I am writing late to thank Cleveland Scene and staff writer Dan Harkins for the great piece on Cleveland Council reduction ("Cuts Like A Knife: Cleveland Council 'right-sizes' for the suburban business elite," September 10). Recently all of us in Cleveland got a taxpayer-funded campaign mailing from Council President Martin J. Sweeney explaining the six charter issues on November's ballot, including Issue 39, the "right-sizing" of council. This shows me the issues are actually a reward for council incumbents, hardly the punishment The Plain Dealer editorial page makes it seem.
Remember that the two or four Council people slated to leave will undoubtedly get an appointed City Hall job as a parting gift. Or they may well retire on the cushy state public employee retirement plan we regular Joes all envy.
So the other Council members remaining find themselves almost unchallengeable in a 10- to 19-percent larger ward, much larger than the typical suburb. Residents will not be able to afford the time or blow to the ego to challenge an incumbent with at least $20,000 from the business community.
If that isn't hard enough for a novice candidate, if Issue 39 passes, challengers and voters will not learn until April Fool's Day what new wards they live in. That is when a competent candidate is beginning to hit the streets with campaign literature.
On top of that, Issue 35 moves back the primary election three crucial weeks. So all challengers will have even less time to make their under-funded cases against the incumbents. With the current rules, incumbents typically win the primary with 65-plus percent of the vote, making the general election anti-climatic.
But Sweeney is justified to further rig the game. Two of the 21 incumbents lost in 2005. Pathetic.
Chairman, West Park
Thank you to Michael Gill for his excellent articles on what is rapidly becoming known as the Rosenberg Scandal ("What Part of 'Critic' Don't They Understand?," September 24, and "You're Not Helping," October 1). The Plain Dealer's demotion of nationally respected music critic Donald Rosenberg is a shocking display of ignorance and lack of concern for journalistic independence. In effect, the PD has censored their critic, even though the views he expressed have been shared by many other critics around the world. Since Plain Dealer President and CEO Terrance Egger is a board member of the Cleveland Orchestra, the politics behind the decision are obvious.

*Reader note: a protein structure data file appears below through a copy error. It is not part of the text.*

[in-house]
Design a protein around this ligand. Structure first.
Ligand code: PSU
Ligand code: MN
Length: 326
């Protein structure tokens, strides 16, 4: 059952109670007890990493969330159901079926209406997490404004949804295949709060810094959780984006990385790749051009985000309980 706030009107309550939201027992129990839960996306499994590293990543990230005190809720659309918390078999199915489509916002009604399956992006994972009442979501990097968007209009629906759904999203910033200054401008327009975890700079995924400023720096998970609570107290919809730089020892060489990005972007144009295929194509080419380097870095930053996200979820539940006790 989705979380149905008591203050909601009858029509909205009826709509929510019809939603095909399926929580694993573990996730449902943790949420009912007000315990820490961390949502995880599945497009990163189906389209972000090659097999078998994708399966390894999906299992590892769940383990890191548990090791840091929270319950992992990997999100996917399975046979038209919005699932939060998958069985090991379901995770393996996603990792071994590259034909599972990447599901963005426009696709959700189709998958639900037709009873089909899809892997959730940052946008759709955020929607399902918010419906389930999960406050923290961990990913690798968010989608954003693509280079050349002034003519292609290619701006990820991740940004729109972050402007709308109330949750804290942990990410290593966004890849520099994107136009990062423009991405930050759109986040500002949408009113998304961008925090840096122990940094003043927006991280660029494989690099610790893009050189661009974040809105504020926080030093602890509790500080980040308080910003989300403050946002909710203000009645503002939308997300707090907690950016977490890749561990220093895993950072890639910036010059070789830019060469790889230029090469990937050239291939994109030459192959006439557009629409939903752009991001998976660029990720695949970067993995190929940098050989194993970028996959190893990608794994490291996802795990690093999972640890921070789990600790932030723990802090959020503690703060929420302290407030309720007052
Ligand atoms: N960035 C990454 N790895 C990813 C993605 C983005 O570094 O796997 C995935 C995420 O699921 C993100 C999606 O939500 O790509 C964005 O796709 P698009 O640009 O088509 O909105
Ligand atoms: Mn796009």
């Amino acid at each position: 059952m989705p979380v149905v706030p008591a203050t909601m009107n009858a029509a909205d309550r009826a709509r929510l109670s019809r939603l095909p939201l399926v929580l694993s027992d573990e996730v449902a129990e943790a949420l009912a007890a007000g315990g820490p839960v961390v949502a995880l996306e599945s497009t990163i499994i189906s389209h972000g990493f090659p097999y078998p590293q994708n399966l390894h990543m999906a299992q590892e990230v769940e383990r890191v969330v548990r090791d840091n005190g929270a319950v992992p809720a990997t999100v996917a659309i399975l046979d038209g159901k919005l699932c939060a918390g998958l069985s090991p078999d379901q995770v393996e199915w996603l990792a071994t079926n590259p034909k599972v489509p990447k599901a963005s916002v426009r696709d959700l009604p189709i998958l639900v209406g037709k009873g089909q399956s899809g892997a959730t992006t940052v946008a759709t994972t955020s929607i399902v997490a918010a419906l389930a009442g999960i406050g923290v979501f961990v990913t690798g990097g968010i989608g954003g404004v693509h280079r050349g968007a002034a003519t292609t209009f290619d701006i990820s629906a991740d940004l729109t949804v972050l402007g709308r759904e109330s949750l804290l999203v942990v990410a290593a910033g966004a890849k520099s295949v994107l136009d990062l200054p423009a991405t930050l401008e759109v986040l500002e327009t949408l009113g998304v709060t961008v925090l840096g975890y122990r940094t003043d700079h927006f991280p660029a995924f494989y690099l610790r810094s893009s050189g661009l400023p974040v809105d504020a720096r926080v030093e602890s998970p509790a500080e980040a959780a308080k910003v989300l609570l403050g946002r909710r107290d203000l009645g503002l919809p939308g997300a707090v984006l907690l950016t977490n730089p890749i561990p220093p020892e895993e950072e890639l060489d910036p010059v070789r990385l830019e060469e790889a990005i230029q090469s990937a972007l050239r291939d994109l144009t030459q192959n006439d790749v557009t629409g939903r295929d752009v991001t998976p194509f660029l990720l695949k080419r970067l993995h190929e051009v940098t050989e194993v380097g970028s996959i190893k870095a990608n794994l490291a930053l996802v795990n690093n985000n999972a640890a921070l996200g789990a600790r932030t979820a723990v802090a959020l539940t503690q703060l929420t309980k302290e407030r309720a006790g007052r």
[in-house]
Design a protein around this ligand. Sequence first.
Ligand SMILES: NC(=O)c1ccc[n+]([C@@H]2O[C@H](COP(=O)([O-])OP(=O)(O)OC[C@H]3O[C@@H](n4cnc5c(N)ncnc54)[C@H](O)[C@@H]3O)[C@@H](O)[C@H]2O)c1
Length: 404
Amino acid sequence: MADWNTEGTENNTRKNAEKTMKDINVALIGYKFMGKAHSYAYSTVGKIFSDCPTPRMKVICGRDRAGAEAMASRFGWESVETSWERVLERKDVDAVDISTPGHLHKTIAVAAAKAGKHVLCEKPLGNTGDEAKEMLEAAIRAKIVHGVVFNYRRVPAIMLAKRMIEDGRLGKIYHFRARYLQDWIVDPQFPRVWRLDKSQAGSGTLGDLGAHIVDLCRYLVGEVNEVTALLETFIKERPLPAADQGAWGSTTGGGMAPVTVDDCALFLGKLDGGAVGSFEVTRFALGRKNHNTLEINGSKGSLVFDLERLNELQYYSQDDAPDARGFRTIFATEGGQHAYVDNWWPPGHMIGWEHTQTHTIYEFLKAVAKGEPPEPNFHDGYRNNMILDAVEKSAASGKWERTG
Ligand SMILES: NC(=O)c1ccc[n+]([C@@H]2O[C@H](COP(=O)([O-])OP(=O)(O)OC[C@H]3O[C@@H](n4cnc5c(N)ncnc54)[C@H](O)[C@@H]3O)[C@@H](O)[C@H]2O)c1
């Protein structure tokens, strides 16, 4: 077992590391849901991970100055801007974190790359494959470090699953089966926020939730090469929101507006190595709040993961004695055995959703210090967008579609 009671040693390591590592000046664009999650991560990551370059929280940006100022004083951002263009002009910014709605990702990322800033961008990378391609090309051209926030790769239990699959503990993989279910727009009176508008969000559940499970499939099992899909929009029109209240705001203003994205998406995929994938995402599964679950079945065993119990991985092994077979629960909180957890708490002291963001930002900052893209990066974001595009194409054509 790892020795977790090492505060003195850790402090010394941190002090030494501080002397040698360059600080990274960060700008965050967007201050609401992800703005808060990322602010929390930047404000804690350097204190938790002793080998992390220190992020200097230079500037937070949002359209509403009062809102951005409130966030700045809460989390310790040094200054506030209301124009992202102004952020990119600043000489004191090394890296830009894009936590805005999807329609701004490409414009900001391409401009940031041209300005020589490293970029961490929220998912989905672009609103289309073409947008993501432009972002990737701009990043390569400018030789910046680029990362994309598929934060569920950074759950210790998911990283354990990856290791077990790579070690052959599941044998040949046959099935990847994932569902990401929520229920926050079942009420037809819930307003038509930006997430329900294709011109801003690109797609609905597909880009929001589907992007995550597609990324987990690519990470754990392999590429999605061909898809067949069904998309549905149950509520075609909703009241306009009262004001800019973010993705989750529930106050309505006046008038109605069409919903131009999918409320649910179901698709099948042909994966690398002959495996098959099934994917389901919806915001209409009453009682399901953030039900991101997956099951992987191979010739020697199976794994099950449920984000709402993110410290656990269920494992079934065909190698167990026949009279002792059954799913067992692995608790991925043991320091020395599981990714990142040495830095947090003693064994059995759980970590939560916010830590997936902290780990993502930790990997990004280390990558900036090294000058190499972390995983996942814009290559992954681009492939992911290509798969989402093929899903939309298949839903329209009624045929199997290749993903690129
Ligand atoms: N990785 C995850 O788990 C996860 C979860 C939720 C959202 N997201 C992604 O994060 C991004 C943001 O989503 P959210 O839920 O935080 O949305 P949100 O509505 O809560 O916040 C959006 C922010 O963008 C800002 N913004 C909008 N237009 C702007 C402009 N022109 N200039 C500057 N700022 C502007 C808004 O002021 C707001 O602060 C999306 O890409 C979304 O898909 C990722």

The fact that the PD has not clearly reported the situation to its readers is also sinister and irresponsible. We had to read The New York Times, the Wall Street Journal, the L.A. Times, the Guardian in London and Cleveland Scene in order to learn the truth. NPR's All Things Considered also covered the story. Not since the Cuyahoga became the "burning river" has Cleveland received so much negative attention.
Rosenberg's former intern Zach Lewis, in his debut as music critic, wrote a less-favorable review of the Cleveland Orchestra's Bruckner concert than Rosenberg probably would have. Cleveland's daily newspaper and its orchestra have both been tarnished by this, and Lewis will be viewed as a pawn no matter what he does. The PD will need to reinstate Rosenberg if they expect us, their readers, to have any faith in the paper.
Apollo's Fire Baroque Orchestra
James Renner, I read your piece in Cleveland Scene ("Urban Suppression or Urban Legend?", September 24) and had a few questions for you: 1) You write of this caging practice: "Here's how it works: Identify stereotyp-ically Democratic districts … in which residents work long hours …" Stop. What makes you believe that people in "stereotypically Democratic districts" work any longer hours than people elsewhere? Aren't major cities, such as Cleveland, strong Democratic areas? And aren't these same areas also where unemployment is higher, as opposed to your belief that everyone is working such long hours in these places?
2) "… are more likely to be in the military … After the mail is returned because the residents were at work or were stationed overseas …" Stop. Do you honestly believe that Democrats are more likely to be in the military than Republicans?
3) You write that Fox News leans to the right. Can you give an exact example of Fox News (not Hannity, he is a commentator) being biased to the right? Would you agree that the vast majority of other news outlets lean left? How would you honestly describe your integrity as a journalist when it comes to bias, and that of the publication you write for?
4) If Cleveland Scene mocked and ridiculed Jews, Muslims or gays the way it frequently does Christians, would you then join me in recognizing it as a bigoted publication?
Take care, and peace be with you.
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